North American west coast container ports experienced a slight increase in year-over-year traffic in the third quarter of 2013. Overall throughput to major west coast ports in the U.S., Mexico and Canada rose 1.7 percent year-over-year to 6,283,238 TEUs.
Among North American west coast ports, U.S. ports saw their market share reach its highest level since the fourth quarter of 2011. The U.S. continued to hold the largest market share of the three countries, with 81.5 percent of overall traffic during the third quarter of 2013, up 0.8 percentage point from the same quarter a year ago. Of the major U.S. West Coast ports, ports in Southern California — Los Angeles and Long Beach — hold the highest overall market share, at 61.6 percent. Southern California’s share rose 1.5 percentage points from the previous year. The Port of Oakland's market share remained flat at 8.4 percent in the third quarter. The Pacific Northwest port region slipped 0.8 percentage point from 12.3 percent of the market in the third quarter of 2012 to 11.5 percent in 2013.
Mexico's Port of Lazaro Cardenas held a 4.4 percent share of the North American Pacific Coast market in the third quarter of 2013, a drop of 1 percentage point from a year ago. Canadian ports expanded their share in the third quarter by 0.2 percentage point to 14.2 percent.
The major west coast Canadian ports, which include Vancouver and Prince Rupert, British Columbia, saw throughput volume totaling 891,186 TEUs in the third quarter of 2013, climbing 3.3 percent from 862,883 TEUs in 2012. Vancouver’s throughput rose 5.7 percent year-over-year to 754,082 TEUs, and its market share inched up from 11.5 percent to 12.0 percent. However, Prince Rupert saw a drop in throughput of 8.3 percent this quarter to 137,104 TEUs; its market share slipped from 2.4 percent to 2.2 percent year-over-year.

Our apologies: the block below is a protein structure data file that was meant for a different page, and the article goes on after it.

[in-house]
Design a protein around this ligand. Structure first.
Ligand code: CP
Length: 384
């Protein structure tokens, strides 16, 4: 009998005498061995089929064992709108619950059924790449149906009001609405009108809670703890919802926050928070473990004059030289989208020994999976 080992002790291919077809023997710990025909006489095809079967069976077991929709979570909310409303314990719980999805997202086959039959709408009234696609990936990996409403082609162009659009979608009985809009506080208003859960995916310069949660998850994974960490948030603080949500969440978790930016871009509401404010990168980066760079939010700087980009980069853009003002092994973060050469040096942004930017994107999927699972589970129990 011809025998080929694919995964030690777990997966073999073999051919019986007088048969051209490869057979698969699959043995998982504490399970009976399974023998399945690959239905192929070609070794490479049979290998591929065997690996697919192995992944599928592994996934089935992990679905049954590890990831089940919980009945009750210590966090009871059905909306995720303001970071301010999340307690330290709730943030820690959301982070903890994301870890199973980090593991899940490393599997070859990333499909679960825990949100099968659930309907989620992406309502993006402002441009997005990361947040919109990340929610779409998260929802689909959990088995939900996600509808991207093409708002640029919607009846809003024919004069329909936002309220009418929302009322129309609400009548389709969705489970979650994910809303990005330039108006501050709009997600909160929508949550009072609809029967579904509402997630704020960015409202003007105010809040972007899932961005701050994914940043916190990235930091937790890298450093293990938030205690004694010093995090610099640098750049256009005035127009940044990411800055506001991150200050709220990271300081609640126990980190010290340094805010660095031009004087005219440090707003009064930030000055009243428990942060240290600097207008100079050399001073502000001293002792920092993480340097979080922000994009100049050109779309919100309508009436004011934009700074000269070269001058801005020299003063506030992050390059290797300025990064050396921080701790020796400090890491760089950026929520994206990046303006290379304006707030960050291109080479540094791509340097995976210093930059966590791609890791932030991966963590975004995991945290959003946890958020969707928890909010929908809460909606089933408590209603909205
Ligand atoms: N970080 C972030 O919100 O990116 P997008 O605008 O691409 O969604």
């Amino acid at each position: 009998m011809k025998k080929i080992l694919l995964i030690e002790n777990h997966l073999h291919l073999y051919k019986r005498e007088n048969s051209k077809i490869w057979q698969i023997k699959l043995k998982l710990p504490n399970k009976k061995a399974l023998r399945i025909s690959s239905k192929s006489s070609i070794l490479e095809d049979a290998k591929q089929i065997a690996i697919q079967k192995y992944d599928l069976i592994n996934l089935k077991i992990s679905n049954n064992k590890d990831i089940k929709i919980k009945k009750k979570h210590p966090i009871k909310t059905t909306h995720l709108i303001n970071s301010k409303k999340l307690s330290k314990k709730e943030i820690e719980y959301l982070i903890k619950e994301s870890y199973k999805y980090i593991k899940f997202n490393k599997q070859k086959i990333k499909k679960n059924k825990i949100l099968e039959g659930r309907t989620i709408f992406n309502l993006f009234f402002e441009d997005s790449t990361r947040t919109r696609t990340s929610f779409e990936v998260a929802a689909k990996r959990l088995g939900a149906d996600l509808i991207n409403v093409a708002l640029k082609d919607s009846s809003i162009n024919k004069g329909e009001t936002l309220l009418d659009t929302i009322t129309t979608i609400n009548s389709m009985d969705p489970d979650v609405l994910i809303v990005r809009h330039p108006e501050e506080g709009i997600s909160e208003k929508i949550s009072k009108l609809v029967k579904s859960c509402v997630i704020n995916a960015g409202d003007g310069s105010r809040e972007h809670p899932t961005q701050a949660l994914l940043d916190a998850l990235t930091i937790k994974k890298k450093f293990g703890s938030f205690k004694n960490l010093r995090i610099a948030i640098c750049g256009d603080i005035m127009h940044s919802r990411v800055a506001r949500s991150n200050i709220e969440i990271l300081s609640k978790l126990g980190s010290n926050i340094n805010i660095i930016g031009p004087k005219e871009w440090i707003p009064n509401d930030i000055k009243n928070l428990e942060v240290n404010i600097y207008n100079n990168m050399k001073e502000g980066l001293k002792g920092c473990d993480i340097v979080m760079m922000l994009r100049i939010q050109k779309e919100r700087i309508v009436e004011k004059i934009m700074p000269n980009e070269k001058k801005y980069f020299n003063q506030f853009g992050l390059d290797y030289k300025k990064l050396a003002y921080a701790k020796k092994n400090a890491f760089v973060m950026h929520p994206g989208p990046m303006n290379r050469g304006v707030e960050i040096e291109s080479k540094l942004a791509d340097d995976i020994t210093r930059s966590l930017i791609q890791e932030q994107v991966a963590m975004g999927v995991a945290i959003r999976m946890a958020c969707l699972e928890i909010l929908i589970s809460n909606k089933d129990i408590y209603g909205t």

Throughput at Lazaro Cardenas tumbled 16.9 percent year-over-year in the third quarter to 273,727 TEUs. In an attempt to crack down on surrounding drug war activity and the import of chemicals used for drugs, the Mexican military took over administration and port captaincy of Lazaro Cardenas in early November. It is yet to be seen whether this will affect traffic at the port.
Overall U.S. throughput was up year-over-year in the third quarter, climbing 2.7 percent to 5,118,326 TEUs. Portland saw the largest year-over-year jump in throughput in the third quarter, with volume jumping 56.6 percent to 42,911 TEUs from a relatively low volume of 27,400 TEUs in the third quarter of 2012. July volume had the greatest comparison change; volume dipped from 16,521 TEUs in July 2011 to 2,283 TEUs in 2012 and rose to 15,712 TEUs in 2013. Josh Thomas, marketing and media relations manager of marine and industrial development at the port, explained that they were “experiencing slowdowns, shutdowns and diverted vessels at the container terminal due to a jurisdictional dispute involving the International Longshore and Warehouse Union, IBEW, their terminal operator ICTSI Oregon and the port. This was over jobs responsible for the plugging, unplugging and monitoring of refrigerated containers. That situation improved somewhat in August. While productivity remained below historic levels, container volumes did increase in the months and year following.”
Seattle saw a drop in volume of 10.2 percent this quarter, from 363,337 to 326,394 TEUs, with its market share falling slightly from 5.9 percent to 5.2 percent. Tacoma’s market share inched down 0.4 percentage points to 5.7 percent. Throughput was down 4.3 percent to 355,419 TEUs from 371,240 TEUs in the third quarter of 2012.
Traffic volume in Los Angeles fell 1.9 percent from the third quarter of 2012 to 2,087,930 TEUs. Its year-over-year market share fell 1.2 percentage points to 33.2 percent, the largest third quarter drop among all North American west coast ports. Oakland saw an increase of 2.0 percent to 526,101 TEUs in the third quarter. Long Beach’s volume, however, jumped 12.8 percent in the third quarter to 1,779,571 TEUs from 1,577,954 TEUs in the same quarter last year, lifting its market share from 25.5 percent to 28.3 percent, the largest increase of all west coast ports.